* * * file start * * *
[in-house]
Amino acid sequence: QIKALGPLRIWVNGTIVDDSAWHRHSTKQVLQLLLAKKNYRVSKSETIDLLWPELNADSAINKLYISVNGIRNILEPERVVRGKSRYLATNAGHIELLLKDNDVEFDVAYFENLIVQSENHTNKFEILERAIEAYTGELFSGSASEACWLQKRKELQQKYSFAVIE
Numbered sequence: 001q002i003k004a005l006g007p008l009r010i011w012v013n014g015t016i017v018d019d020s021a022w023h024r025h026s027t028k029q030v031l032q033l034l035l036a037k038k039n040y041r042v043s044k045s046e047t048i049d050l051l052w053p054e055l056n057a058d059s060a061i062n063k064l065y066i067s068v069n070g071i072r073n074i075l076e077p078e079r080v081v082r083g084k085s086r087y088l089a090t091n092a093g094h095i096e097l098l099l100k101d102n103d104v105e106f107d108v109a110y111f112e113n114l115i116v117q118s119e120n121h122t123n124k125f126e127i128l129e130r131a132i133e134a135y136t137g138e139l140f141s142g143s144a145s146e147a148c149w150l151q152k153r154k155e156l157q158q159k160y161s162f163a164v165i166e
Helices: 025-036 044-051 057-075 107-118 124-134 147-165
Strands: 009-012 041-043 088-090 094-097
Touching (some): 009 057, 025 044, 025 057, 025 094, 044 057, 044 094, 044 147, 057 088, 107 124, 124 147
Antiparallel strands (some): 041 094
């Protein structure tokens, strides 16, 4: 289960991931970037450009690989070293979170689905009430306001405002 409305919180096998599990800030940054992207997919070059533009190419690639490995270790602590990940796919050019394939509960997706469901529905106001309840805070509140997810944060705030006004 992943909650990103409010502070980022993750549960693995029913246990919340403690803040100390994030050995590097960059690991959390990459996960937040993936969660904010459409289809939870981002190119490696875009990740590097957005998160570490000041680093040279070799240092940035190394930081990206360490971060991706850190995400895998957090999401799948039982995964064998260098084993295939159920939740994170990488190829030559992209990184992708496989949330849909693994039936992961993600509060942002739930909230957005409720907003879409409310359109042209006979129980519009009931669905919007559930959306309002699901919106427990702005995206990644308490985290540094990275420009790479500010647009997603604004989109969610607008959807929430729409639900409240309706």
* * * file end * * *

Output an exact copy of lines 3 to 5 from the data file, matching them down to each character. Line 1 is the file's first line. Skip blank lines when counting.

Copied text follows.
Numbered sequence: 001q002i003k004a005l006g007p008l009r010i011w012v013n014g015t016i017v018d019d020s021a022w023h024r025h026s027t028k029q030v031l032q033l034l035l036a037k038k039n040y041r042v043s044k045s046e047t048i049d050l051l052w053p054e055l056n057a058d059s060a061i062n063k064l065y066i067s068v069n070g071i072r073n074i075l076e077p078e079r080v081v082r083g084k085s086r087y088l089a090t091n092a093g094h095i096e097l098l099l100k101d102n103d104v105e106f107d108v109a110y111f112e113n114l115i116v117q118s119e120n121h122t123n124k125f126e127i128l129e130r131a132i133e134a135y136t137g138e139l140f141s142g143s144a145s146e147a148c149w150l151q152k153r154k155e156l157q158q159k160y161s162f163a164v165i166e
Helices: 025-036 044-051 057-075 107-118 124-134 147-165
Strands: 009-012 041-043 088-090 094-097